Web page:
This reflects a growing consensus that progress toward adequate, safe and sustainable blood in Africa requires multi-stakeholder, multi-pronged and innovative approaches to impact lives across the continent.
Blood is a vital healthcare resource. It is most often used in Africa to treat pregnancy-related complications and severe childhood anemiathat is caused by a variety of contributors includingmalaria and sickle cell disease. Blood is increasingly important for patients with kidney failure who are on dialysis and to help cancer patients.
The World Health Organization (WHO) states that the number of units of blood needed to sustain an adequate level of health equals 1% of a nation's population – 10 units per 1000 people. Yet many African countries fall well short of the minimum goal. The lack of infrastructure and equipment for collection and processing of blood components is a key impediment to providing a sustainable blood supply. Though blood and safe transfusion services are essential parts of any strong health system, the safety, sustainability and adequacy of blood remains a major health challenge in many African countries.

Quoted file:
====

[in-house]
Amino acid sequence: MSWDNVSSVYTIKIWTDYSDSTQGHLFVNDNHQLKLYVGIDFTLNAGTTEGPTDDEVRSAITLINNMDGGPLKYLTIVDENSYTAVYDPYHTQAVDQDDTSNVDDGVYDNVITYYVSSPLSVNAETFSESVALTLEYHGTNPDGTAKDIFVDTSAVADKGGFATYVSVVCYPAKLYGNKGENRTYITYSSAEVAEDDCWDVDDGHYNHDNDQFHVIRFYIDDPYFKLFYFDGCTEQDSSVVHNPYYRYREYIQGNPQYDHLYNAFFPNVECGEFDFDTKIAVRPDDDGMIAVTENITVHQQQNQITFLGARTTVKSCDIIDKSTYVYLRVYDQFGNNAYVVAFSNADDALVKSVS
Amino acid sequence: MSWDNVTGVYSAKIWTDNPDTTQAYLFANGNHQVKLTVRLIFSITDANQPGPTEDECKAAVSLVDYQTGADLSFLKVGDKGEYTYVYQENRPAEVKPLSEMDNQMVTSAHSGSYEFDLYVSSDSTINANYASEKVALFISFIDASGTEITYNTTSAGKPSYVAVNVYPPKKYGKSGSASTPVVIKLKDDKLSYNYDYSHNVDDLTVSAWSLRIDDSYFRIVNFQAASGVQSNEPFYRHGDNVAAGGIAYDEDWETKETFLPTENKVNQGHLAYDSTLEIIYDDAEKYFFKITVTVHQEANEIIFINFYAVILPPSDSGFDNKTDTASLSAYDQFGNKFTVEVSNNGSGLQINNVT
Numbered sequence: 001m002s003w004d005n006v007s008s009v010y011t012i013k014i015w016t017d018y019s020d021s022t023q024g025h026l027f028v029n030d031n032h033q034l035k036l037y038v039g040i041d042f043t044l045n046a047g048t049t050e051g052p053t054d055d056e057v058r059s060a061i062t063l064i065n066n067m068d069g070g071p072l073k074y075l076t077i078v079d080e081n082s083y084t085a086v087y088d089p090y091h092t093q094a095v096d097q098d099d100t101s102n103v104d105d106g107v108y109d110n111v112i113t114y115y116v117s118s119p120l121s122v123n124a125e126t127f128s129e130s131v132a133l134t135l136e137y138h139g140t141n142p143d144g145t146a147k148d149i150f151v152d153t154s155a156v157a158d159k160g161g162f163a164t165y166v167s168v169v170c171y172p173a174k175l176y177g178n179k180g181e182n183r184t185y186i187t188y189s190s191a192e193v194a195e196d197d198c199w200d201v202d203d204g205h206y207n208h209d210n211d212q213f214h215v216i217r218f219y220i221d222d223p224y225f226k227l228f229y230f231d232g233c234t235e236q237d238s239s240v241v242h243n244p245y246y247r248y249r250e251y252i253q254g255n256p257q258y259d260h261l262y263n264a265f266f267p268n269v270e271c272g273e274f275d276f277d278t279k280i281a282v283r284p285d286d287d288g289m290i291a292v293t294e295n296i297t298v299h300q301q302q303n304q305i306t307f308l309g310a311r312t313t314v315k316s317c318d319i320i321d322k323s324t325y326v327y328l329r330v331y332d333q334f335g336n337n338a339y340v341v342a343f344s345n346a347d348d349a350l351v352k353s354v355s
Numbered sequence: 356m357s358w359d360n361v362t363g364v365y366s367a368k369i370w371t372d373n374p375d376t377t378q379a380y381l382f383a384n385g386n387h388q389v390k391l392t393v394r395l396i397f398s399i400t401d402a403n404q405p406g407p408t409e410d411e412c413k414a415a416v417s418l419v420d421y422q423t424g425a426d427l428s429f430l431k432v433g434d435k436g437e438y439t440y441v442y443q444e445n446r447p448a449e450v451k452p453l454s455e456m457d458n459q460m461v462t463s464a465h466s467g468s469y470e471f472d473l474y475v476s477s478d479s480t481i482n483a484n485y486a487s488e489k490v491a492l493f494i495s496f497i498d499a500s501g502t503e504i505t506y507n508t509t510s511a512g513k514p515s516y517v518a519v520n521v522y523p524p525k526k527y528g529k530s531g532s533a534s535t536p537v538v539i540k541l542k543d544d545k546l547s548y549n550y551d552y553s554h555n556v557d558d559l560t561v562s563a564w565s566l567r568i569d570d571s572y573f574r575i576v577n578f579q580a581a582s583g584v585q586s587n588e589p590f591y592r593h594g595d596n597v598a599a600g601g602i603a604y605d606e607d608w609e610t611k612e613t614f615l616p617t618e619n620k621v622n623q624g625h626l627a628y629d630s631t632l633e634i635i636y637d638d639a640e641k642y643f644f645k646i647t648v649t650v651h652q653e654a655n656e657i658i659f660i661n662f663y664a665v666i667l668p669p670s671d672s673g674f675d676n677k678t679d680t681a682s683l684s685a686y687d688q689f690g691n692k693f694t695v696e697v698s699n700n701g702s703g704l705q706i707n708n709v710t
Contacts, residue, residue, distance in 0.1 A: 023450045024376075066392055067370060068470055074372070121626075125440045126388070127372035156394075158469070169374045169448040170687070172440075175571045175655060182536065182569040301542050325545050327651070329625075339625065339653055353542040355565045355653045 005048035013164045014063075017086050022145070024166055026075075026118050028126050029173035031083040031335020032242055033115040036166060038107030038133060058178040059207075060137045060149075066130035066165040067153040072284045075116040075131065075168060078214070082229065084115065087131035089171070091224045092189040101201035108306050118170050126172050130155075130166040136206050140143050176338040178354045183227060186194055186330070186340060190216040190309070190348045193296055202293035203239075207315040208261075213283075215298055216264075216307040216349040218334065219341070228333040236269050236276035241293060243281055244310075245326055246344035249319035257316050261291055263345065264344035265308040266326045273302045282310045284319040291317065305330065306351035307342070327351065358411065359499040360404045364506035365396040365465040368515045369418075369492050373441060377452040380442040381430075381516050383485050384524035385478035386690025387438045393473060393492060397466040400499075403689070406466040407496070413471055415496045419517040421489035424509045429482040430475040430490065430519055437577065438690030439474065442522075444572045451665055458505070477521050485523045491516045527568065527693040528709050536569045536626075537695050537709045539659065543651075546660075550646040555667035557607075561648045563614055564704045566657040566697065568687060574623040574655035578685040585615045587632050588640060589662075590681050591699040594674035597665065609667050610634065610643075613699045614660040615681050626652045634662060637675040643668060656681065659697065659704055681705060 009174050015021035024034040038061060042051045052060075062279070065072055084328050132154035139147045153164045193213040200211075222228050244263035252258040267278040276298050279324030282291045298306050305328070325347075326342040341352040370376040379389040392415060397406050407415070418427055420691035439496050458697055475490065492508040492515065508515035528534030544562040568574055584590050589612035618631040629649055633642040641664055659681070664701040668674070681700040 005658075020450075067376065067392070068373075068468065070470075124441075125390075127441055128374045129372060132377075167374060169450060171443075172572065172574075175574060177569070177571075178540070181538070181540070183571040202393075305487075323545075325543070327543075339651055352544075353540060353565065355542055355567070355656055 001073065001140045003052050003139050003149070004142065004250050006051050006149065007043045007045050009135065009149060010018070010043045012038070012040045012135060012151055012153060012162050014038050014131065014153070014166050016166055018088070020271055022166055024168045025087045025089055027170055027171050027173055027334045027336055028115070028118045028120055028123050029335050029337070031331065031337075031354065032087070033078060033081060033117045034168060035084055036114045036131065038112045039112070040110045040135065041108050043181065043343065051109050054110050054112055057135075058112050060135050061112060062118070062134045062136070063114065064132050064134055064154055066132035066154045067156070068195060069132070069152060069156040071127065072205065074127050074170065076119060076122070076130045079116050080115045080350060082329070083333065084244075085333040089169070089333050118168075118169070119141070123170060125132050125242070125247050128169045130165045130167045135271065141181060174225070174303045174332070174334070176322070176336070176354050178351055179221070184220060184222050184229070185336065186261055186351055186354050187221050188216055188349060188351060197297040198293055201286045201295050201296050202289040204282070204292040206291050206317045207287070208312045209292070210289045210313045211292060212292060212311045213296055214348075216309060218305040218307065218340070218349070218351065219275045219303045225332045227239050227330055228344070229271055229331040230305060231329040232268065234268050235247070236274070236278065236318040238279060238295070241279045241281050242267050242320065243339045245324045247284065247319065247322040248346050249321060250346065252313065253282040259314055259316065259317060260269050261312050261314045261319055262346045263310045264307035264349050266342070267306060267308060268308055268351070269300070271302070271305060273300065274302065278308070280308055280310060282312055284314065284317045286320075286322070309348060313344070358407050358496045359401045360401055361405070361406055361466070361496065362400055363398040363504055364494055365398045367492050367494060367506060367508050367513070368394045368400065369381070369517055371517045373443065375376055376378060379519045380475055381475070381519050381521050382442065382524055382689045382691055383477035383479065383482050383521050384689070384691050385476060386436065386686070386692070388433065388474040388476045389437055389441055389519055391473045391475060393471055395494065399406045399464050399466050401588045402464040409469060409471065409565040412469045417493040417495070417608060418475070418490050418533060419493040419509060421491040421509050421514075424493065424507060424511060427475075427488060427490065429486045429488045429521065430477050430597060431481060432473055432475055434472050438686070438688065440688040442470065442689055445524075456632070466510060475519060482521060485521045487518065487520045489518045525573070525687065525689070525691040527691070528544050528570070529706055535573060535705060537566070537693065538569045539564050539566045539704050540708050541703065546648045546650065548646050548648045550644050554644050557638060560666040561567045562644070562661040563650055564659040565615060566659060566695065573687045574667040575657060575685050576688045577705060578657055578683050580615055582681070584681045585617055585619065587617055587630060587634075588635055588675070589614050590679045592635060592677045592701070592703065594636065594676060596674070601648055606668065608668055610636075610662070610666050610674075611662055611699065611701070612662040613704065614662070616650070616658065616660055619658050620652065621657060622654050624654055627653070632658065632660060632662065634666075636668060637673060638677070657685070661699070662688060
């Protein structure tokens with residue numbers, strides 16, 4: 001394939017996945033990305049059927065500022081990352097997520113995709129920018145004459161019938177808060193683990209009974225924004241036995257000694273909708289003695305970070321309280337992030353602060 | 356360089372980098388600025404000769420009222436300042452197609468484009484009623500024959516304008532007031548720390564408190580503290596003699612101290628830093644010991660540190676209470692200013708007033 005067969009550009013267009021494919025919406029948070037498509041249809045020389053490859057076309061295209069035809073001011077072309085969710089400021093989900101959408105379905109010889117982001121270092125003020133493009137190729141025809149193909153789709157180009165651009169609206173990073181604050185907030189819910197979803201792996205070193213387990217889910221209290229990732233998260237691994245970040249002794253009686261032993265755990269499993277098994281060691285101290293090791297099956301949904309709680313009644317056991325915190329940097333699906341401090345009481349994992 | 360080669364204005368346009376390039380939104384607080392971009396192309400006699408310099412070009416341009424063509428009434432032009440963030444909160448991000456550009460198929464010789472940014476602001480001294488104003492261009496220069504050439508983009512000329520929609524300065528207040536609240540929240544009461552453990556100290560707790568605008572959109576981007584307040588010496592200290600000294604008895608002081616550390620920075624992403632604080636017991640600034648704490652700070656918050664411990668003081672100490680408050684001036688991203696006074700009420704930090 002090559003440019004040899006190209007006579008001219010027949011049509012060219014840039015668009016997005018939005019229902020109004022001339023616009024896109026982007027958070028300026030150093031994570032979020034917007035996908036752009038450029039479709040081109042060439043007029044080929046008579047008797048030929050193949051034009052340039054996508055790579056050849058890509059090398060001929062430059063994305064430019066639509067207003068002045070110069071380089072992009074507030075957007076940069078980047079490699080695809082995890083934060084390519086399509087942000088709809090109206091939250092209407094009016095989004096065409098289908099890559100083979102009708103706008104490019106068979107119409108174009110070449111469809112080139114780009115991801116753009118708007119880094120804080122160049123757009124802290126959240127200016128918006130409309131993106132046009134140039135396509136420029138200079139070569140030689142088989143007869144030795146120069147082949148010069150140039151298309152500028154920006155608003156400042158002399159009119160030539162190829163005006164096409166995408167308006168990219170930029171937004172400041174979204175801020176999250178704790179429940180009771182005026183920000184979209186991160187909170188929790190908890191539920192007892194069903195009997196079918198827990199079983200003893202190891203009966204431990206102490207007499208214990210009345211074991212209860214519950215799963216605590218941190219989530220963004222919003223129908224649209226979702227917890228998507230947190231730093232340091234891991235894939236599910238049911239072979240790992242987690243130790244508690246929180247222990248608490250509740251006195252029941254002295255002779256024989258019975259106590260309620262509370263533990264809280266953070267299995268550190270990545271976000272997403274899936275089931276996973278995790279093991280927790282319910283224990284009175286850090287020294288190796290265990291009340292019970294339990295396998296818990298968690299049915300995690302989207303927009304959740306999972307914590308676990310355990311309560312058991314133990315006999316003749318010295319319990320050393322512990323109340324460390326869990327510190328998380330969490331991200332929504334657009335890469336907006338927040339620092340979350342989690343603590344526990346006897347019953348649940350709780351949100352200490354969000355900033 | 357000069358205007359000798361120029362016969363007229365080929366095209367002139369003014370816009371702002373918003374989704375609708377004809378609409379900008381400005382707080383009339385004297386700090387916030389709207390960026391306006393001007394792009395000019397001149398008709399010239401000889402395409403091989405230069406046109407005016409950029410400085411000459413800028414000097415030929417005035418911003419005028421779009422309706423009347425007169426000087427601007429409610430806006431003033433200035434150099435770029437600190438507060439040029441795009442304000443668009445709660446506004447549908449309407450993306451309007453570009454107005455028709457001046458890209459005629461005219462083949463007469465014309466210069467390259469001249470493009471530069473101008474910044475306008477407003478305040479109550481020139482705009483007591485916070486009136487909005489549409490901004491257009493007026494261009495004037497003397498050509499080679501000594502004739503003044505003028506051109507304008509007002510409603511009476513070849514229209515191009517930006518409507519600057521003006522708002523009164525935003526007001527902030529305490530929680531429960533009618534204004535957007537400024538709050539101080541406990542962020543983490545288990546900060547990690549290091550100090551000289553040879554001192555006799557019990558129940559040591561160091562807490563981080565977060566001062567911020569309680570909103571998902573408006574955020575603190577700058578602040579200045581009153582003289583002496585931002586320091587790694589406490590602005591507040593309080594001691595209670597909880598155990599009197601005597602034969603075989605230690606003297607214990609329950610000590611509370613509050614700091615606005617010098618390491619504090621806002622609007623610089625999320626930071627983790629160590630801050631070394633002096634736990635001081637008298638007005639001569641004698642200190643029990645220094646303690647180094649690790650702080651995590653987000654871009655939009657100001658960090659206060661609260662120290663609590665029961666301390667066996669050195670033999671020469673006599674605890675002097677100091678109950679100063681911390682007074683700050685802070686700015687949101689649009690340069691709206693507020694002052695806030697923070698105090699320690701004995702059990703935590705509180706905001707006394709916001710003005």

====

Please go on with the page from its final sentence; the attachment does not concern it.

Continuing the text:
“Today is about mobilizing action, as we convene the first ever Coalition of Blood in Africa,” said Antoinette Gawin, President and Chief Executive Officer, Terumo Blood and Cell Technologies. “The coalition’s goal is to support the World Health Organization’s commitments and aligns with our global mission to serve more patients. Providing safe access to blood in Africa is one way to achieve this.”
The coalition is anchored on three pillars that include reflection– supporting informed-decision making with research, policy analysis and data collection, dialogue – Creating awareness about the need for blood and blood safety and action– providing technical assistance to support initiatives, capacity-building programs and activities like blood collection drives; helping with technical inputs to strengthen blood-related legislation ad policies, such as guidelines for the management of sickle cell disease
The coalition brings together an unprecedented array of health experts, including public-sector research institutes, ministries of health, academia, not-for-profit research and development organizations, NGOs, international organizations and funders all committed to finding solutions to address the challenges facing access to safe, sustainable blood in Africa.
“The scale of the challenge is clearly beyond the scope of a single organization and I am confident that the Coalition will facilitate a coordinated approach to address the challenges facing blood in Africa and find sustainable solutions,” says Gavin Evans, Executive Director, Global Blood Fund.
The launch of CoBA was convened by Terumo Blood and Cell Technologies, aglobal leader in blood component, therapeutic apheresis and cell technology, in collaboration with Global Blood Fund, Africa.